Facilities managers help ensure resiliency against grid instability. If power is lost from the grid, redundancies must be in place to keep patients safe and systems running without interruption. They’re increasingly turning to microgrid and other renewable technologies to ensure energy is continuous at a moment’s notice in the event of a power outage.
An electrical network or building management system failure can stop a hospital’s ability to deliver care. Without power, the tragic loss of life from COVID-19 would be even more staggering, as countless survivors have been put on ventilators. Healthcare facilities managers are also moving to proactive, predictive monitoring and preventative maintenance to help anticipate, and preemptively address, any issues that could put clinical operations at risk.
Of course, clean air and power mean little if a healthcare facility can’t handle the number of patients needing care. Thankfully, while outbreaks are spiking in some areas right now, the influx from earlier in the pandemic has abated. Nevertheless, facilities must remain alert and ready, and managers lead the way.
As mentioned, HVAC, power distribution and other infrastructure components can help build new standalone solutions, be added on to existing systems or deployed individually on an as-needed basis. But when rapid capacity is required, like with COVID-19, all-in-one solutions can be a better option.
Temporary medical spaces range in sophistication from tents to pre-fabricated ICUs and include HVAC control, IT networking and power distribution. The most basic option is the tent clinic, which can be either drive-through for mobile testing clinics or multi-purpose, which can serve as patient check-in rooms, clinical spaces and overflow areas.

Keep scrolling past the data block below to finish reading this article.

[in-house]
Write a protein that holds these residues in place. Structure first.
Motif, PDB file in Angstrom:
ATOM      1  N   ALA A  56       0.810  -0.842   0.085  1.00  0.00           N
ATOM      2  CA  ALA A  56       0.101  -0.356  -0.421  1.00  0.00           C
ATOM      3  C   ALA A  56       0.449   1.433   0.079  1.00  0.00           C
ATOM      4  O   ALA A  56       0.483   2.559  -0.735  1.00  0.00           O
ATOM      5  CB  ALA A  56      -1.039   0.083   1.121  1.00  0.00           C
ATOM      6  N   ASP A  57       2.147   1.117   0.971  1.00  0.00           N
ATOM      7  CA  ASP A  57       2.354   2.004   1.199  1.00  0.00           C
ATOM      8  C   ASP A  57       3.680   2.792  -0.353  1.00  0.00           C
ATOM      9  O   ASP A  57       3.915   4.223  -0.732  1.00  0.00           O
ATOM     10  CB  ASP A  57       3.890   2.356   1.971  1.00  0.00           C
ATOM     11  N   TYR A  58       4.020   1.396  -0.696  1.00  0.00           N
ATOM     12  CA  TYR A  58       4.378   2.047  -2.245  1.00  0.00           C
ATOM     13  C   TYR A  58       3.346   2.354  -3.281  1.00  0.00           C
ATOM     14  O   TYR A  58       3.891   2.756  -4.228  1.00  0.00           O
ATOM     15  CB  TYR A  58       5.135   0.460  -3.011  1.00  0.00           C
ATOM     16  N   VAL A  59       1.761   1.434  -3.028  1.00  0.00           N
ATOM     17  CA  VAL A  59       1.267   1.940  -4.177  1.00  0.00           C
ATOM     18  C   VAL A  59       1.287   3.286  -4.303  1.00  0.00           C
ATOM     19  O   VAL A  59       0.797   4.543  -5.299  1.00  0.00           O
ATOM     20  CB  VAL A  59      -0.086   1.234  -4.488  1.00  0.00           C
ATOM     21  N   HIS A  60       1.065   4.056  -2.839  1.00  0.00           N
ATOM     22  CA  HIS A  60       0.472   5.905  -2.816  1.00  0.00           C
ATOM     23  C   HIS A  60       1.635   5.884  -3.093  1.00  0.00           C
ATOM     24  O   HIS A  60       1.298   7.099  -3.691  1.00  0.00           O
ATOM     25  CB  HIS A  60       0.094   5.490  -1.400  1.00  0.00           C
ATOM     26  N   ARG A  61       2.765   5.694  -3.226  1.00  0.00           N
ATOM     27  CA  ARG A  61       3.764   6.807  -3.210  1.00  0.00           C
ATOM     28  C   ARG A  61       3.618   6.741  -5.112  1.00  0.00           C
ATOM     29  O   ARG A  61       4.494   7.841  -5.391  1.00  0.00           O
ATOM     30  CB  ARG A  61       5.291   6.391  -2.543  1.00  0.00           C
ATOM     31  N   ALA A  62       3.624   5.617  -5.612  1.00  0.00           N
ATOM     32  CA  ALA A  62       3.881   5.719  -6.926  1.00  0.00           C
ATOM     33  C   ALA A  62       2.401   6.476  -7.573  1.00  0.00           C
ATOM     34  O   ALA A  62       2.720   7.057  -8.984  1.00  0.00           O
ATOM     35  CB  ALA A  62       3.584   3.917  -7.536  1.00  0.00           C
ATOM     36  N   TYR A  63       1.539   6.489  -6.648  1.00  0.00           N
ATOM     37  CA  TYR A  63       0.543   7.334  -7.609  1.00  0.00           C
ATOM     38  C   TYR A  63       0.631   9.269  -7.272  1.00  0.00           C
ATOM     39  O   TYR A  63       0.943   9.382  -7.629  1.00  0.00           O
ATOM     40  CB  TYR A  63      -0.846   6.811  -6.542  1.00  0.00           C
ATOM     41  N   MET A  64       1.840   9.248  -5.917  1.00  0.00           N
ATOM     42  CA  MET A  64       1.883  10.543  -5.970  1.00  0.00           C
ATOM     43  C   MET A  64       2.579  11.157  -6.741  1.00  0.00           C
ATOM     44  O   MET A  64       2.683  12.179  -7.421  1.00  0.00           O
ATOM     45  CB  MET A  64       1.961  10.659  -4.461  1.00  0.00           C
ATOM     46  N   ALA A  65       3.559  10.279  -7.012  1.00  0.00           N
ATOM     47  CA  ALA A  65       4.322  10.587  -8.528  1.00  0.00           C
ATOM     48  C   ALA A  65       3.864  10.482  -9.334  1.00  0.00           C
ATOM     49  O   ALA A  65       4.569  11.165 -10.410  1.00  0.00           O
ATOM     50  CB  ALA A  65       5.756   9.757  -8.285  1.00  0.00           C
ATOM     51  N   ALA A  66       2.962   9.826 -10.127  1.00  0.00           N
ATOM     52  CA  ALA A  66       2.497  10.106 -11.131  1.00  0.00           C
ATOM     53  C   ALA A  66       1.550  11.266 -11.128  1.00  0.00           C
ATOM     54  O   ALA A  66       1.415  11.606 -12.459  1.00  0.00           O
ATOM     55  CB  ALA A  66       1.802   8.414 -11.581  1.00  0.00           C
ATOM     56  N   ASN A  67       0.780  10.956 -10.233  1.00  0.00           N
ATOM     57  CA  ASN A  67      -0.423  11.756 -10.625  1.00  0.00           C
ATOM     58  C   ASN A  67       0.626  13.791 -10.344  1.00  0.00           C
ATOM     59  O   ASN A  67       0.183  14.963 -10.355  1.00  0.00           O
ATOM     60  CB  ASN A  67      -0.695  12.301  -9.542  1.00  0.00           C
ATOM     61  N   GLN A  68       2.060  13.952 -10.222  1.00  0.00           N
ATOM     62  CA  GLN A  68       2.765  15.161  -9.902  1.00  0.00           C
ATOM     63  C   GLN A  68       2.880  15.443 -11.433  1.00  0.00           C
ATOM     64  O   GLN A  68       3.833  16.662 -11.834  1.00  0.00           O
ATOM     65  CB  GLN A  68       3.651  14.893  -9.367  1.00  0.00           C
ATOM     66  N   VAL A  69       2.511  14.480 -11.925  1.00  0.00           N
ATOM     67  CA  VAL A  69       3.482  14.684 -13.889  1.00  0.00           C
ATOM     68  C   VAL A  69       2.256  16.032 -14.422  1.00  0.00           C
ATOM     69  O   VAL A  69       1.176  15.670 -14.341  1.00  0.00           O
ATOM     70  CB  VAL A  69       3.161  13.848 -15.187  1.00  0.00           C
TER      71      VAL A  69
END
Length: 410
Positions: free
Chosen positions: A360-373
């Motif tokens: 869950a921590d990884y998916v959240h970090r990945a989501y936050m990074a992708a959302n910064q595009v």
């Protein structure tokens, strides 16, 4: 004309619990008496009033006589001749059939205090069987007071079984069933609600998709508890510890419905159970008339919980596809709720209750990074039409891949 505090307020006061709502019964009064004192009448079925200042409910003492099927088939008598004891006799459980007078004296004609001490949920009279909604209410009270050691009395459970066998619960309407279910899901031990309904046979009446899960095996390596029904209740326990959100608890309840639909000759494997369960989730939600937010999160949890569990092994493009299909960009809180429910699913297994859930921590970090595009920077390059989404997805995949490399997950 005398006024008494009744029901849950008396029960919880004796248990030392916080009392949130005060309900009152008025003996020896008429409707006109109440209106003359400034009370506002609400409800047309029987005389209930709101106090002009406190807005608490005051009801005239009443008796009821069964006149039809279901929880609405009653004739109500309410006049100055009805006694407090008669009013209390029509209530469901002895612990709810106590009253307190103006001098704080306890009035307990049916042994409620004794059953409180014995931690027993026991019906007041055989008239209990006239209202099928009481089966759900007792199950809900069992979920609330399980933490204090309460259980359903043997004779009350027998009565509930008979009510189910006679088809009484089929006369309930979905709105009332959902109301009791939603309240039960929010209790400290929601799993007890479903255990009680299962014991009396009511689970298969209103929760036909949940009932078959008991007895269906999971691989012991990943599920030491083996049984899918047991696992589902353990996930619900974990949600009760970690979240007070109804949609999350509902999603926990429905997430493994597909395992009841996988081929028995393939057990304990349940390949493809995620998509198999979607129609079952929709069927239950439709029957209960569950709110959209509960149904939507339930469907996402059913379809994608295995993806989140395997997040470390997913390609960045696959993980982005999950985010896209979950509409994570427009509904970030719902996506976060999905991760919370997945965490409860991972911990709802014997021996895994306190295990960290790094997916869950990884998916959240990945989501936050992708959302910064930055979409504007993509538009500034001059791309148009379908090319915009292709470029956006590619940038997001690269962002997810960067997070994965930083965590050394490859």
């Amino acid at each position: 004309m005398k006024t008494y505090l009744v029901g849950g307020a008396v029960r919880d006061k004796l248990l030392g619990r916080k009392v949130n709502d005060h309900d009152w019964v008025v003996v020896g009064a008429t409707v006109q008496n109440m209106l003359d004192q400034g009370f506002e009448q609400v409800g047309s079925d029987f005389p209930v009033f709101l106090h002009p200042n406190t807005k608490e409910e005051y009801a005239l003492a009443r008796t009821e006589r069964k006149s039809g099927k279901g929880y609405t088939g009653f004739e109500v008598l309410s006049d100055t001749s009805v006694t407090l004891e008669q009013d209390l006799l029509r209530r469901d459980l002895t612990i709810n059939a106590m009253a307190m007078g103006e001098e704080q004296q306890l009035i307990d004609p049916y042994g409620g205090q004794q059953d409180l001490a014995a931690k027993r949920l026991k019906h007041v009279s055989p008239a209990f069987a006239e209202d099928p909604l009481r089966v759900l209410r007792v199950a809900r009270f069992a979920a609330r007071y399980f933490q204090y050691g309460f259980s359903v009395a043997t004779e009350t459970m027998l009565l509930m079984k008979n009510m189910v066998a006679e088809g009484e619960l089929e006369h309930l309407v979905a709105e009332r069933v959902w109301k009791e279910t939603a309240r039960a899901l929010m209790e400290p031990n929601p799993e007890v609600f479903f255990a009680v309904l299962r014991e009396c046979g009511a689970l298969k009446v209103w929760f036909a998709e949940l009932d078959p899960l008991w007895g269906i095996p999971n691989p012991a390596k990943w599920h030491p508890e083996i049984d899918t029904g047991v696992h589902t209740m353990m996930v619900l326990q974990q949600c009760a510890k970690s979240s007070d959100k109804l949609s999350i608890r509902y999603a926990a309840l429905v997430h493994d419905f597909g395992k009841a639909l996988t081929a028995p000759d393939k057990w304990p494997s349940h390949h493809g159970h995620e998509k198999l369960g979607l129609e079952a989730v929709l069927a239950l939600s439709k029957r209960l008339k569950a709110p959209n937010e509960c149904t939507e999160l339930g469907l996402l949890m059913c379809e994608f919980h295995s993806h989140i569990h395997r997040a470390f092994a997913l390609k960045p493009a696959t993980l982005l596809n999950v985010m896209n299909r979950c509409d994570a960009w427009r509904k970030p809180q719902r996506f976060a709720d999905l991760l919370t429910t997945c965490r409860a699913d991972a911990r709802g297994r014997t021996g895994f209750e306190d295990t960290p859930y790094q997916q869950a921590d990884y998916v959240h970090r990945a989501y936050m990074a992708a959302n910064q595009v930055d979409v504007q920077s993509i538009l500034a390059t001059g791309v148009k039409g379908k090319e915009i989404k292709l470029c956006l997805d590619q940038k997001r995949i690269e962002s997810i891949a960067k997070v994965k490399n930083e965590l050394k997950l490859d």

The more sophisticated options are shipping containers and pre-fabricated spaces designed to house clinical treatment rooms and ICUs. These spaces can support differing levels of pressurization control and can be added in modular, scalable increments.
In any case, facilities managers must keep these temporary medical spaces powered, online and climate-controlled just as they would any other building.
As healthcare systems around the world continue to take measures to control and isolate the virus, healthcare facility managers will be central to success. Overall, they ensure the correct operation of ventilation systems to achieve the needed air changes and pressure regime. They’re providing critical alerts to facility and clinical staff when safety might be compromised.
They record and analyze performance of critical areas and plan for maintenance on filters, manage access and the movement of people and safeguard power availability. In the most extreme cases, they are creating entirely new facilities to manage patient inflow.
Under normal conditions, the physical infrastructure systems that provide hospitals with power, heating, cooling, ventilation and environmental controls run quietly in the background — recognized by the vast majority of hospital facility occupants only if they fail. On a normal day, facility managers make sure this doesn’t happen. Now, during this pandemic, the importance of their role cannot be overstated. Let’s add them to the list of heroes.
Chris Roberts, Healthcare Solutions Architect at Schneider Electric.See the latest posts on our homepage